Worlding Otherwise: The Ecological Act of Writing
In Worlding Otherwise, we’ll tend our impulses toward ecological forms of literary expression. This class is about writing as communing, or, as Stephen Collis puts it, “what all life does” — “the radical sharing of the means and materials of existence.” Light research, archival exploration, and engagements with manifestos from social movements are a few methods of textual encounter that might animate our writing practices. You’ll be encouraged to document, imaginatively reinhabit, and remediate places and histories of concern. If there are particular social, environmental, or political urgencies that have been beckoning to you, follow them — and then pull them onto the page! And for those who feel driven to write spaces of refuge into existence, this workshop will hold space for that refuge-making.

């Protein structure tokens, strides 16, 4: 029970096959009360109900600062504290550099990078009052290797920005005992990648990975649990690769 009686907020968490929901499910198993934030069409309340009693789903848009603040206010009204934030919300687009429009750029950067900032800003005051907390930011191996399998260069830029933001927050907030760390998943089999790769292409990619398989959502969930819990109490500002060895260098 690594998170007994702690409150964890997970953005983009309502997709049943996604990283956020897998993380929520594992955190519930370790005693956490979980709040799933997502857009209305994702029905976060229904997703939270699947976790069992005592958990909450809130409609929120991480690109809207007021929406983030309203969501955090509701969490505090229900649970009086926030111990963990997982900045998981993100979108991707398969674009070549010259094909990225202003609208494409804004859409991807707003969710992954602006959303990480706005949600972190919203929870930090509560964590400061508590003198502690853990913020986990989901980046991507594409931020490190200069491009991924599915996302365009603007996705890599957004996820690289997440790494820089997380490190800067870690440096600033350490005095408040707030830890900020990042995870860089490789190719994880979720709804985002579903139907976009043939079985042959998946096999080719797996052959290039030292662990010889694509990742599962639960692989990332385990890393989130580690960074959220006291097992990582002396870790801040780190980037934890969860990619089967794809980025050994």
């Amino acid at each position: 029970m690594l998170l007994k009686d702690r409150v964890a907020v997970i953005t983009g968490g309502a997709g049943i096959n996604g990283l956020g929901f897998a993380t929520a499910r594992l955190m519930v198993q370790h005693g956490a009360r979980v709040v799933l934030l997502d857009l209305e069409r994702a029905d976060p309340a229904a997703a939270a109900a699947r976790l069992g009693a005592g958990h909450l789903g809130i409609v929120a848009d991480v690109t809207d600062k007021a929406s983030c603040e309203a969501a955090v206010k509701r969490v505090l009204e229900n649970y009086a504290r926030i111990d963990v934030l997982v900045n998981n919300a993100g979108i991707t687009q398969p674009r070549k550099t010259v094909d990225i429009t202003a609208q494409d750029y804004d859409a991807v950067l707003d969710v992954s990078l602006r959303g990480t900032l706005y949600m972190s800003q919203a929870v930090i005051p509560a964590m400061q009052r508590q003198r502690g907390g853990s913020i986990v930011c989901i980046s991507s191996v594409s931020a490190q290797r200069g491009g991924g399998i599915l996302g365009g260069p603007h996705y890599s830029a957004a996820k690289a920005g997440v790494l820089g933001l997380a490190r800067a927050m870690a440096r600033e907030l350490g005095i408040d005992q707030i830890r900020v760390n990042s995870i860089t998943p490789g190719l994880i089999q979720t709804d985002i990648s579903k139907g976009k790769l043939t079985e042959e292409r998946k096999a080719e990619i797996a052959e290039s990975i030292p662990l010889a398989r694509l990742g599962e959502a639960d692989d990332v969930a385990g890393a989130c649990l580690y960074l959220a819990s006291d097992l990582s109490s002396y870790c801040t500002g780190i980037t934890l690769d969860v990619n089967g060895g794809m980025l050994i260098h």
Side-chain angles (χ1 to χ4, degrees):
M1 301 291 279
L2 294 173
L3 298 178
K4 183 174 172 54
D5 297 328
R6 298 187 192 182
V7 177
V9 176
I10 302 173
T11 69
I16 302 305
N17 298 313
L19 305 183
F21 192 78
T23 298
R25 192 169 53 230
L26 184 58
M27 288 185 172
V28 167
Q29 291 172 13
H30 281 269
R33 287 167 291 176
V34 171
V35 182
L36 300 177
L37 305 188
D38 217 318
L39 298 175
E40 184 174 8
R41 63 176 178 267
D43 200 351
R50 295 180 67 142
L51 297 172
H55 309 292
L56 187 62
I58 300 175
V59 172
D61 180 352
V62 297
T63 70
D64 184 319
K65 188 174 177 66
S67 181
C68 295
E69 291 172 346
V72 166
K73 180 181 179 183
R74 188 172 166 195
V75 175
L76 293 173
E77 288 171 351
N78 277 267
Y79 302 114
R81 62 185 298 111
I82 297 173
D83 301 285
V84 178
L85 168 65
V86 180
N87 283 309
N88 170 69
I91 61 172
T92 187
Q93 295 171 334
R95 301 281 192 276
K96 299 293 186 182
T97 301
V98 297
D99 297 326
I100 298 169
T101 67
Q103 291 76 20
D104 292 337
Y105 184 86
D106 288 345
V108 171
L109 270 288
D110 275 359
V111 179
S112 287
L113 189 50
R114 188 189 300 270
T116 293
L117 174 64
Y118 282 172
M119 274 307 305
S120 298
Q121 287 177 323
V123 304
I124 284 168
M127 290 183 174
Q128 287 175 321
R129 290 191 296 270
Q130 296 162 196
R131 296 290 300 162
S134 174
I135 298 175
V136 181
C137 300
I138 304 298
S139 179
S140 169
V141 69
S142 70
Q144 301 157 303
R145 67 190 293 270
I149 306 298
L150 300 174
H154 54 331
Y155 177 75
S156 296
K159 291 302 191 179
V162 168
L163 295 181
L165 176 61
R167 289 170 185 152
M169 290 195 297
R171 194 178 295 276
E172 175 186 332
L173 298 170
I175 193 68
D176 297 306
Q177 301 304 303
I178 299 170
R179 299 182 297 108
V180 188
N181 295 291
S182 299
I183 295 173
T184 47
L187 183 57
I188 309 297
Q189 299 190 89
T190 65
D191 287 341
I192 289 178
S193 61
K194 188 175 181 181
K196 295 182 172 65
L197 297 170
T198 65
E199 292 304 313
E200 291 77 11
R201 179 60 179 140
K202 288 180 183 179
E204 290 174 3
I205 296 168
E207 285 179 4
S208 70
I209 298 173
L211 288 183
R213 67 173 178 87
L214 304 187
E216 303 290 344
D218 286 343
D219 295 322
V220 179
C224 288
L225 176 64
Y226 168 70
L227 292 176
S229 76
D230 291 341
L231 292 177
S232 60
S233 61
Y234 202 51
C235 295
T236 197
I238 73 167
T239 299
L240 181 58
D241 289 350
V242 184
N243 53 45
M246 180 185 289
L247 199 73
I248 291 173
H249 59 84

Kaia Sand has suggested the possibility of forming “a small society around the poetic act.” We’ll embrace this notion as we work within and press beyond traditional genres (poetry, memoir, and fiction among them) to attend to publics, histories, and environments of concern. Reading and writing together as a small, temporary society, our workshop will invest care and curiosity into each text’s operations on the level of theme, style, form and content. We’ll also think about the ecological and social horizons that emerge in our writings: what sorts of social worlds and modes of ecological relation might we choreograph, script, and prefigure in our stories, poems, and mixed-genre experiments?
Course requirements include comradely participation, regular short assignments, and a final portfolio. Many assignments are genre-flexible: this flexibility is designed to retain space for experimentation, exploration, and documentary practice. Writers we will read include Susan Briante, Renee Gladman, Rebecca Solnit, C.S. Giscombe, and Mark Nowak.
This course fulfills Arts & Humanities Approaches to Environmental Inquiry requirement.